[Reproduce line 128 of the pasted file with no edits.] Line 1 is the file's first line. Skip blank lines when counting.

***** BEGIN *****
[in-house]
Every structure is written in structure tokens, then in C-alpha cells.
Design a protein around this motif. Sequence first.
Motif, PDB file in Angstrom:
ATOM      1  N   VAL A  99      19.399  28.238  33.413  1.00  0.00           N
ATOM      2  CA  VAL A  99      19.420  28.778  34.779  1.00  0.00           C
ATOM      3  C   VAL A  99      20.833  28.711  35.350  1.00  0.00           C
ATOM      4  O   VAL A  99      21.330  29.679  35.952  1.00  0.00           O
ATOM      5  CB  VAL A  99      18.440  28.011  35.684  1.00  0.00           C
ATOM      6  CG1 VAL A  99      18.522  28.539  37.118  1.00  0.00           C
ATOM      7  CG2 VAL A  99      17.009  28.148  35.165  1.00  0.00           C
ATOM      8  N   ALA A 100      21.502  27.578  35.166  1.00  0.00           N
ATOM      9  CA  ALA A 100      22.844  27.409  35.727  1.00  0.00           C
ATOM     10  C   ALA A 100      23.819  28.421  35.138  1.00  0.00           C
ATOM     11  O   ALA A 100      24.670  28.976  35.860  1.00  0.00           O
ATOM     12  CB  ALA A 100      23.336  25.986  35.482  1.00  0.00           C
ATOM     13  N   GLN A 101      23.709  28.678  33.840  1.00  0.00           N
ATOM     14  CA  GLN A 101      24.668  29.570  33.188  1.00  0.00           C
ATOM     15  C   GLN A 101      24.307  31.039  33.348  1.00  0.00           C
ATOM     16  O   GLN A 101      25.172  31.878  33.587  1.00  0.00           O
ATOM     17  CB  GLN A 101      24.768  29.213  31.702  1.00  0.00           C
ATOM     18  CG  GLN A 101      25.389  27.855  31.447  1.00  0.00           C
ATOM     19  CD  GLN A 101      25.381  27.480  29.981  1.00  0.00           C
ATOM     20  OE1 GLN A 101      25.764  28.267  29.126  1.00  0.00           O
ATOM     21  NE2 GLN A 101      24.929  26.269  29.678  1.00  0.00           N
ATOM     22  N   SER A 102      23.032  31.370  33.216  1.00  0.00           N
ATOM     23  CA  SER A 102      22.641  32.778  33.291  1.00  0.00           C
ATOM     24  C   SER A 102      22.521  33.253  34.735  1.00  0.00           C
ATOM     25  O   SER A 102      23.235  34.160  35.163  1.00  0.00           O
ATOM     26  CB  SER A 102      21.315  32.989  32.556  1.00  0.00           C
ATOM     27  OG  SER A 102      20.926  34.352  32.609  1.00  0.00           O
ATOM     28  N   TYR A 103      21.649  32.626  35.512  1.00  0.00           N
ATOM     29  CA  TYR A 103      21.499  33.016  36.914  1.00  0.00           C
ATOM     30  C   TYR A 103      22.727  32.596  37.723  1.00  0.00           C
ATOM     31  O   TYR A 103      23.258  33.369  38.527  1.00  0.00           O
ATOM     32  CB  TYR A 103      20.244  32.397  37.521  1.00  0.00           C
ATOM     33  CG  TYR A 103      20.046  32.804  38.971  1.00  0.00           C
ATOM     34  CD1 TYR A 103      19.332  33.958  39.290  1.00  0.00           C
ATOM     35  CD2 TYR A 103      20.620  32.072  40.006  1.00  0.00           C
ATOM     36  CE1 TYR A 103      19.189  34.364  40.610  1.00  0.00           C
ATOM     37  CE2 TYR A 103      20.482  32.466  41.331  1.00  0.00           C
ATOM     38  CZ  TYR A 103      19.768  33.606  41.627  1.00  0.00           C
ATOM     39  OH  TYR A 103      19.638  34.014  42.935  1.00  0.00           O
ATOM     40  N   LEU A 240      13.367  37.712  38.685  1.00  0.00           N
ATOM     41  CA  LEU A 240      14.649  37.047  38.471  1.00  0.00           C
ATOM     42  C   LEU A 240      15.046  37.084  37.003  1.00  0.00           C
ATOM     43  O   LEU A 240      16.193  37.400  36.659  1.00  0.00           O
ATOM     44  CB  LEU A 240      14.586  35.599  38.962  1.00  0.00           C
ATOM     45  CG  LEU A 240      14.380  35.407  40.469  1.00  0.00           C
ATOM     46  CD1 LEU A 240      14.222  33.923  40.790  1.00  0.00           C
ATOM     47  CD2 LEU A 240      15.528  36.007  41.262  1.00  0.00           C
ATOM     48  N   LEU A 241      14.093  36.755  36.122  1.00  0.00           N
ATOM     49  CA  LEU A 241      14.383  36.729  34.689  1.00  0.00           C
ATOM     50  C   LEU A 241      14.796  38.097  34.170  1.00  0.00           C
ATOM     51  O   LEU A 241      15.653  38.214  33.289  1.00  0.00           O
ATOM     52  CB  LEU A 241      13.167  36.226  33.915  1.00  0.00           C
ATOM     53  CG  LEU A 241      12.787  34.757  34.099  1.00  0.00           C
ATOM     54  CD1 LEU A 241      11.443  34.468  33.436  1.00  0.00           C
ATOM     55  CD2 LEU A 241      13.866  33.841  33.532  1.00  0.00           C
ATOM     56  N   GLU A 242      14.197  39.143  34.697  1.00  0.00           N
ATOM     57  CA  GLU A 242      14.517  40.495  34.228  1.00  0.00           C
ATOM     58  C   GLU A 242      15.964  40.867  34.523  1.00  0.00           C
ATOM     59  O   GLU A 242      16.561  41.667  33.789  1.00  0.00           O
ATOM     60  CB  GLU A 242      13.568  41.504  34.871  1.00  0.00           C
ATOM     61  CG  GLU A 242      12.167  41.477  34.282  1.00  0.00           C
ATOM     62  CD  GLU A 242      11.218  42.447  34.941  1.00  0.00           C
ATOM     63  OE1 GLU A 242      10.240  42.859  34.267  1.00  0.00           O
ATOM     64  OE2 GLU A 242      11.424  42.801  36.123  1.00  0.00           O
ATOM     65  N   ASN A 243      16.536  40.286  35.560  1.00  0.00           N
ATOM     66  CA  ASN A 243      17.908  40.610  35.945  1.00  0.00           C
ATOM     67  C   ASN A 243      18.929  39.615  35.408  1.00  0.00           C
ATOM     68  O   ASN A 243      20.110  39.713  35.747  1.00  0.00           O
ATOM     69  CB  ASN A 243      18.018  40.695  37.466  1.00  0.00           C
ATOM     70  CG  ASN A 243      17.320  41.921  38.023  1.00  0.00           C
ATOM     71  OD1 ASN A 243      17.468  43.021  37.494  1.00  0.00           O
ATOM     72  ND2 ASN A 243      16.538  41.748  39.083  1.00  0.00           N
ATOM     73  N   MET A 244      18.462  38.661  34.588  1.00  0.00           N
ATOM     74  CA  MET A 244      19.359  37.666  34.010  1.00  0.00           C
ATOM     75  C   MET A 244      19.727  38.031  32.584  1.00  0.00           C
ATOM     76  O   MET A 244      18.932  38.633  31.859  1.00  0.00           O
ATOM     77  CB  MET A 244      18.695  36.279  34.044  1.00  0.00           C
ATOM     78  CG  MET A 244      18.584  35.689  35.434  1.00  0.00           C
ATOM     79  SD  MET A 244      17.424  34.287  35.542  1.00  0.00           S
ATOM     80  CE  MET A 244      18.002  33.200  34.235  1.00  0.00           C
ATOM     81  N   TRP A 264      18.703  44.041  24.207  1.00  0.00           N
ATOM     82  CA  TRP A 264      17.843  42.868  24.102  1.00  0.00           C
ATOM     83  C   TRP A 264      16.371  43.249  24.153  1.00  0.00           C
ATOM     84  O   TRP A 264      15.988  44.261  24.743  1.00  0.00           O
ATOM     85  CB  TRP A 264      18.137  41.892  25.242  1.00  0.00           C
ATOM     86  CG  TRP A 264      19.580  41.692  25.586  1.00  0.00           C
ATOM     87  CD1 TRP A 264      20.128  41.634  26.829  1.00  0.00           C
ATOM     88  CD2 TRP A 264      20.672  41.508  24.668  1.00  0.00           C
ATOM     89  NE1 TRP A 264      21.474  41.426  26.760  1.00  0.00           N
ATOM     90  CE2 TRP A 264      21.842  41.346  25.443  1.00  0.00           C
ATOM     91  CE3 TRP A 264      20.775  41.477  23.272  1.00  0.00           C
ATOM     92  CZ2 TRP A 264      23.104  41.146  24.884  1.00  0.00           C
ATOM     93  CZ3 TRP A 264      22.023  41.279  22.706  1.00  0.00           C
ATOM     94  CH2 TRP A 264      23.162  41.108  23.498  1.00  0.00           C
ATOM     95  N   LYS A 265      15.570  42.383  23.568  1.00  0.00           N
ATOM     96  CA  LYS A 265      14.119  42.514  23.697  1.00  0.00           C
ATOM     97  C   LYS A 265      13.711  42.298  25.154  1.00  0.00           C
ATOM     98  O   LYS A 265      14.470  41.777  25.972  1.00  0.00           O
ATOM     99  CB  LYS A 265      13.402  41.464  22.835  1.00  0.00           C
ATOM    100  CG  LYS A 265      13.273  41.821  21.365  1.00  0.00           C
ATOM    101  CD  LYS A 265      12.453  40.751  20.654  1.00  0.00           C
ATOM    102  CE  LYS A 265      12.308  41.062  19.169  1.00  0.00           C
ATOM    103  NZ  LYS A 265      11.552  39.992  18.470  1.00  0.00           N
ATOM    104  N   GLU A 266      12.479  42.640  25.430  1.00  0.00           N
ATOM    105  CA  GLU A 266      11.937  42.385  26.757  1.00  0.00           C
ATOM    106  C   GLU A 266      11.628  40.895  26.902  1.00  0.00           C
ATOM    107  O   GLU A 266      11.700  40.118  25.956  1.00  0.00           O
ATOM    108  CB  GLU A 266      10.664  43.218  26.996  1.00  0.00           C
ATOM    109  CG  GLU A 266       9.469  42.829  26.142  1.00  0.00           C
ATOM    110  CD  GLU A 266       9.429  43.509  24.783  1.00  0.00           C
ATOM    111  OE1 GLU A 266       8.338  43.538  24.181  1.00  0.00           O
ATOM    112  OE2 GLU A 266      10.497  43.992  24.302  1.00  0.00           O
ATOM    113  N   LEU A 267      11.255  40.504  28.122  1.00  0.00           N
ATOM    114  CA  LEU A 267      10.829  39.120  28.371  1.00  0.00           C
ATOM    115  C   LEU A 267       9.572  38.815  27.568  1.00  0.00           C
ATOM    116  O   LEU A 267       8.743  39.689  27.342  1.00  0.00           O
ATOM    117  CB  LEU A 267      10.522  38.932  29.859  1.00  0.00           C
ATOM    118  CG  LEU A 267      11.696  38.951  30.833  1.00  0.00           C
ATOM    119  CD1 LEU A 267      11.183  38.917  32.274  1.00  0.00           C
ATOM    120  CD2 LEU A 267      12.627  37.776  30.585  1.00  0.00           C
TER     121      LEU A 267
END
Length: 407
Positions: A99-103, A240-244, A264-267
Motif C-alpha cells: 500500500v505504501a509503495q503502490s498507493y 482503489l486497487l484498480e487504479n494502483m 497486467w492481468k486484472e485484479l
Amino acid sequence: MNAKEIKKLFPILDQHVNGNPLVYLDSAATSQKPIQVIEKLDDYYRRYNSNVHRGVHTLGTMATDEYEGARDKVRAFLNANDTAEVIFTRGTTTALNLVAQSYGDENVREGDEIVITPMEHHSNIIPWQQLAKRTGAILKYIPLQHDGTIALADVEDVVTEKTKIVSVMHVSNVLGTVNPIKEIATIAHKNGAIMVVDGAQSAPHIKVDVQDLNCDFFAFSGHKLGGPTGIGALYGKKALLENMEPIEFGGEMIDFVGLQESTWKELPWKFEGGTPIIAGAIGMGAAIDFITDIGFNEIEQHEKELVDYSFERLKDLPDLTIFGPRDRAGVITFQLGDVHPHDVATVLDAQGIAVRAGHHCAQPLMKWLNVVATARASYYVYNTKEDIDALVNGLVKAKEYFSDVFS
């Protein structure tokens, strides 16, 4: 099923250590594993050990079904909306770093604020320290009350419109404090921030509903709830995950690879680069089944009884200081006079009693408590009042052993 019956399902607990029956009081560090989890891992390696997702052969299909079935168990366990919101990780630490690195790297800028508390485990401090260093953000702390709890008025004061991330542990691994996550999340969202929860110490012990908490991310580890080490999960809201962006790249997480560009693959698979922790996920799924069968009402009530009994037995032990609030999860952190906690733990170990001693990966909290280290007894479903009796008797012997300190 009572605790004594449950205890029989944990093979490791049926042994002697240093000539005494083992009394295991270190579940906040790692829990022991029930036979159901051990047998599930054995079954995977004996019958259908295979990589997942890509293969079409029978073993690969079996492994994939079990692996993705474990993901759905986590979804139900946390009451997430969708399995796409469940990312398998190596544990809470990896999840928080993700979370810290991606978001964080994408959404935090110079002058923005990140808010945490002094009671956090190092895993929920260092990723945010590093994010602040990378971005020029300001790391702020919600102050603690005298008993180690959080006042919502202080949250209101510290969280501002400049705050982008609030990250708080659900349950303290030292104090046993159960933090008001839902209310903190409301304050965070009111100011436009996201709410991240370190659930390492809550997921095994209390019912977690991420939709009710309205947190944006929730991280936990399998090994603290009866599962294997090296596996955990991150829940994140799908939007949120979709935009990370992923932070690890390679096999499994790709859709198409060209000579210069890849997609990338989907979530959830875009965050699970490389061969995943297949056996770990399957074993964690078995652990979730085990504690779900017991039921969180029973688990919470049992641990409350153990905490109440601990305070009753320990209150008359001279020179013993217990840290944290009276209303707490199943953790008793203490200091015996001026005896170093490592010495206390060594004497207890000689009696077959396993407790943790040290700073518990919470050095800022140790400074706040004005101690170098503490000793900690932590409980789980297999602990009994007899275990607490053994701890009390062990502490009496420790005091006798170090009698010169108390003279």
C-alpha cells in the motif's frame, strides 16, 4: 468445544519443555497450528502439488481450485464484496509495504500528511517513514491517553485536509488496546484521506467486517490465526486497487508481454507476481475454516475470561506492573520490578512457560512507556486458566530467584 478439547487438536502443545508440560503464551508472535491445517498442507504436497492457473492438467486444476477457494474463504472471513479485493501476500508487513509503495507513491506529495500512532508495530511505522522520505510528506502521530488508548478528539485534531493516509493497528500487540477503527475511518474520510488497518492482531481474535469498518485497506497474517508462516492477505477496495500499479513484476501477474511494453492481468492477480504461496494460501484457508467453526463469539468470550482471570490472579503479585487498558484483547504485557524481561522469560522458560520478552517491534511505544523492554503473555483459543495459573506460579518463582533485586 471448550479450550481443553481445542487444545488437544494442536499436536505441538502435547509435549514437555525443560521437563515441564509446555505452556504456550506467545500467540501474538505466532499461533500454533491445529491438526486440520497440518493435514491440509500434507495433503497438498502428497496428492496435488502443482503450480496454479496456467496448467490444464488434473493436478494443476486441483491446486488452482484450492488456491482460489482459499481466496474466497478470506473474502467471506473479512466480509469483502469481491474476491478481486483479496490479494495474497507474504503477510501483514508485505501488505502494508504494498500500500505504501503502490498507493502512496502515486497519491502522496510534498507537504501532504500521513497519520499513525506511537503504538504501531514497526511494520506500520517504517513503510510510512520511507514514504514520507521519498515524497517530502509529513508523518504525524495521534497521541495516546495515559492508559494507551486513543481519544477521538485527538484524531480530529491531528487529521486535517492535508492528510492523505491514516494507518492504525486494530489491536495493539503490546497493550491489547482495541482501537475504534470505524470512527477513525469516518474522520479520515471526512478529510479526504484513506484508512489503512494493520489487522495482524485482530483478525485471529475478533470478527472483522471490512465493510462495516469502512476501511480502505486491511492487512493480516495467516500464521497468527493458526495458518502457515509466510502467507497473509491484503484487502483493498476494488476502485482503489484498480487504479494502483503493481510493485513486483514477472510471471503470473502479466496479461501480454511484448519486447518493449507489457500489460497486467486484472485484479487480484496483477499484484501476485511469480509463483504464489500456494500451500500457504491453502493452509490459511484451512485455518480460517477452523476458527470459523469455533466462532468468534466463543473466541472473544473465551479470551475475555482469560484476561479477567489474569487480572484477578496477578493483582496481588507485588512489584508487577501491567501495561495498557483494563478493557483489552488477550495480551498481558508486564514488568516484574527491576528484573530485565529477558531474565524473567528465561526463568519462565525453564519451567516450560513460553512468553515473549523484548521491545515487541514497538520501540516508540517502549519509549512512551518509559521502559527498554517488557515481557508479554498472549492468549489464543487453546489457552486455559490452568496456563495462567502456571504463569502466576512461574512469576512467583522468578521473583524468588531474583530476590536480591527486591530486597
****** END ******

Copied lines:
Positions: A99-103, A240-244, A264-267